Below is the outline for a talk I will give in the Department of Geography, Environment and Society at the University of Minnesota as part of their ‘Coffee Hour Speaker Series’ (October 23 2015).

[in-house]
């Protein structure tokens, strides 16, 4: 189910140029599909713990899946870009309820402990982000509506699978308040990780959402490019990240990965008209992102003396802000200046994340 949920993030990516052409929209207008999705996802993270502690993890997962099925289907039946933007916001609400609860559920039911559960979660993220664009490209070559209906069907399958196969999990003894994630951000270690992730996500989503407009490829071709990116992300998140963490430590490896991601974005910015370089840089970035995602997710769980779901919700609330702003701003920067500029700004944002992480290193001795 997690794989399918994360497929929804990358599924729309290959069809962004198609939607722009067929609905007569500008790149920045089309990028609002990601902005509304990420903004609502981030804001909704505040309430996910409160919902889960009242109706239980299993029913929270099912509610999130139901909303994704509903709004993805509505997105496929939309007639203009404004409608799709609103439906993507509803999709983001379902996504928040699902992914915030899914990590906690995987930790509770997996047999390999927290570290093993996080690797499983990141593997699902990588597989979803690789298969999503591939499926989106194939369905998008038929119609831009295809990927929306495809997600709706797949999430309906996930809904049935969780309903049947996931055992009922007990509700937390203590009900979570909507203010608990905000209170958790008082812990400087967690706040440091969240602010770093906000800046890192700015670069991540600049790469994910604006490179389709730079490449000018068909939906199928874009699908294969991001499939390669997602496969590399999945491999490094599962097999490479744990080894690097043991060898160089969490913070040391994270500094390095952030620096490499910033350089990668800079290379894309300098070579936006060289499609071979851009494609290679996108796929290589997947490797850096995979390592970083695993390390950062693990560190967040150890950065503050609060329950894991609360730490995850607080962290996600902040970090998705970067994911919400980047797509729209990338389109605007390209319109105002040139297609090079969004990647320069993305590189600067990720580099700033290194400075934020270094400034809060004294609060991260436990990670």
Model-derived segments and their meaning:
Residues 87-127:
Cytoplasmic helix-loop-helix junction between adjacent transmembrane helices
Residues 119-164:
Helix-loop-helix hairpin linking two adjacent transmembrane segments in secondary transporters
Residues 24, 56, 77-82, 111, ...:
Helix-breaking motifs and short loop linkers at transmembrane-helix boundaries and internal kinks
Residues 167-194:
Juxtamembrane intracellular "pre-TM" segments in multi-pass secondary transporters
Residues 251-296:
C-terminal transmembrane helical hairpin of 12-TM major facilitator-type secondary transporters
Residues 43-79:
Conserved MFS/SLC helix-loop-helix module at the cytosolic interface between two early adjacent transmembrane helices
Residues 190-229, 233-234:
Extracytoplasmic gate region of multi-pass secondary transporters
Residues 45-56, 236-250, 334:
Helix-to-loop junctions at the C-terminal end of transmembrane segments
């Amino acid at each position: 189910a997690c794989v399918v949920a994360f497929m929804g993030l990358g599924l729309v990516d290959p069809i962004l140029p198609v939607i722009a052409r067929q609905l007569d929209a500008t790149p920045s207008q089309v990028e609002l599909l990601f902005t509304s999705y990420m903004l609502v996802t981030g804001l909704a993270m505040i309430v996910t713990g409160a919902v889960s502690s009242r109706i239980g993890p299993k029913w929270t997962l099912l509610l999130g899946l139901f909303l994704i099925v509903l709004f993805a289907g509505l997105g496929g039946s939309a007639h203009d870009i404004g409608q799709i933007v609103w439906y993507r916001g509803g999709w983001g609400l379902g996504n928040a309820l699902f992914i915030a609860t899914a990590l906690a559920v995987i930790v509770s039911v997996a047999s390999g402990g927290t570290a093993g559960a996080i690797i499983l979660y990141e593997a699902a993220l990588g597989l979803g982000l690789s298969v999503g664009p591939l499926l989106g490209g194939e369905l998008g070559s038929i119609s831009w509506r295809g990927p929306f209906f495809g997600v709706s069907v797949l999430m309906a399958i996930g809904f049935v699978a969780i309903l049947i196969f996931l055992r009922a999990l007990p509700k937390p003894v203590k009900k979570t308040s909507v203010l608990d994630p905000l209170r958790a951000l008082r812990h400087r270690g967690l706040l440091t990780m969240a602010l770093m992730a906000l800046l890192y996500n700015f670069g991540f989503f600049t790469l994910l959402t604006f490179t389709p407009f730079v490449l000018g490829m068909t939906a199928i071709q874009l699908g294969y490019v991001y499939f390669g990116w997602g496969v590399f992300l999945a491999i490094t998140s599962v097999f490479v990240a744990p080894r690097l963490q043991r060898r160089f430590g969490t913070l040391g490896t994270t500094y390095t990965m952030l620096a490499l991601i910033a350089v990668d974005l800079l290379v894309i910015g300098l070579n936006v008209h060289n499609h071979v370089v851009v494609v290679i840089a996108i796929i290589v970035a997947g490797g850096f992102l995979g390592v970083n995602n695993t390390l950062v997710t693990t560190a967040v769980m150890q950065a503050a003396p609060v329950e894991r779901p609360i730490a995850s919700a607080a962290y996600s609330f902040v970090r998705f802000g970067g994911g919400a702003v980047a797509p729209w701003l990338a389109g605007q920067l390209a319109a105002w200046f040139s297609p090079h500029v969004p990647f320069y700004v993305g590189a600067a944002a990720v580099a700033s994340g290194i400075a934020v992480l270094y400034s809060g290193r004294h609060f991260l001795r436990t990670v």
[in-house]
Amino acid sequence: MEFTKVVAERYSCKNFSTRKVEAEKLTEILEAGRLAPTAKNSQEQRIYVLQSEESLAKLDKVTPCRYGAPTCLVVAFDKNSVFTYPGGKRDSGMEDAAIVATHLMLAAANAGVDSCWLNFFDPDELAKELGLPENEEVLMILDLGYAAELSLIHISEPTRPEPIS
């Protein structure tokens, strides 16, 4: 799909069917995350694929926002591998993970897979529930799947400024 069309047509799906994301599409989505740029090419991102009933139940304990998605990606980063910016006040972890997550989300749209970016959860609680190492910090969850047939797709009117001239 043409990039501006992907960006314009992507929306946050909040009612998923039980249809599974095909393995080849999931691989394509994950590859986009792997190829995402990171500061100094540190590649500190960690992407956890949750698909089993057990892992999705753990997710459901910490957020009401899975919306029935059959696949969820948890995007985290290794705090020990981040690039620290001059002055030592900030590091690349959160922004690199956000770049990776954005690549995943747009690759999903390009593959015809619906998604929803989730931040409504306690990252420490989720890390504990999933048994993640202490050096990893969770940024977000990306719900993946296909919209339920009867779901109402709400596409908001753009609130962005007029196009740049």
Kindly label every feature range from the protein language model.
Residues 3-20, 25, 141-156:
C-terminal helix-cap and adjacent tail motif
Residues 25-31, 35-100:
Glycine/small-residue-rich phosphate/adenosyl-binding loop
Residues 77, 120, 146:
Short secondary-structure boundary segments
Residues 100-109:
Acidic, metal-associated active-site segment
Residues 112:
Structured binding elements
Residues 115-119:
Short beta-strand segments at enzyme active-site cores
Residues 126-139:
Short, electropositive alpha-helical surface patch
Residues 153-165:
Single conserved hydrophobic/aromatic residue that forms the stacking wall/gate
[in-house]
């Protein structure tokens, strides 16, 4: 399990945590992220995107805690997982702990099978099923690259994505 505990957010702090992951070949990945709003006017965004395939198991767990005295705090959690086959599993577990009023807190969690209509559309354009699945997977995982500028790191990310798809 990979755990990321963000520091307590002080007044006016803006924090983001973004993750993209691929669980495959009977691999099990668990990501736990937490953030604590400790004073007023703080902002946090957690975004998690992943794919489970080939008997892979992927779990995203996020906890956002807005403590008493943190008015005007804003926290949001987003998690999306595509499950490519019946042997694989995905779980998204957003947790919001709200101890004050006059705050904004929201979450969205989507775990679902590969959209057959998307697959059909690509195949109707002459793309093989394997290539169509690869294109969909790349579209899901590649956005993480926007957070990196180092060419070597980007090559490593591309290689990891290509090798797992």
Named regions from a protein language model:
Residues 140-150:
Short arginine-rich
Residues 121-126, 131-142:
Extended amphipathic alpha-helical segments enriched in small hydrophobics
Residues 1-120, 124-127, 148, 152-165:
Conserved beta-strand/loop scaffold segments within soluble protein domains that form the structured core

This talk will center my ongoing research on the urban around what we could call the ‘regime of transparency’. Led by a coterie of institutions such as the IMF, the World Bank, the OECD, USAID, the International Chamber of Commerce, and others, the regime of transparency has set out to establish a unilateral global agenda to enforce the ethics of a single economic space—a meta-discursive imperative that increasingly molds all spheres of life to a common conduct. It comes as no surprise, then, that transparency has been at the forefront of contemporary spatial and architectural practices, in particular, those which have built themselves around a general rhetoric of ‘bettering’ a society plagued by multiple forms of crisis: From sustainable architecture, to ‘participatory’ strategies which ‘open’ the design process to the public, to ‘resilience urbanism’, transparency has subtly reorganized contemporary architectural practice through strategies of exposure. The aggregative effects of which are perceivable less in physical transformations they impose than in the way they cultivate a new ethics of urban space. If the world is increasingly perceived through a generalized experience of ‘crisis’, then transparency presents itself, in response, as the most viable meta-strategy for design to adopt in its interventions into the world. This talk will interrogate the dialogue between ‘transparency’ and the broad milieu of crisis in which its emergence is made possible. I will examine how, over the last four decades, the urban has become an arena in which what I call ‘technologies of transparency’ have coalesced into a generic form of urbanization which works by exposing life to its most intimate, private and seemingly banal occupations, re-presenting the urban as a totality of bodies in constant flux. If the urban more broadly can be understood as a mediator between space and law, then the employment of technologies of transparency today marks a fundamental shift in its spatio-political and spatio-juridical consistency: by conceiving the body as a measure of irrational behaviors, obscure desires, concealed habits and precarious patterns of life, such technologies illuminate the body as both a quantum of risk and a primary site of urbanization. Here, space and form are no longer the ends of design but rather serve as means: spatial design in the regime of transparency, we could say, is the art of modifying space to design behavior—a practice evermore inseparable from risk management.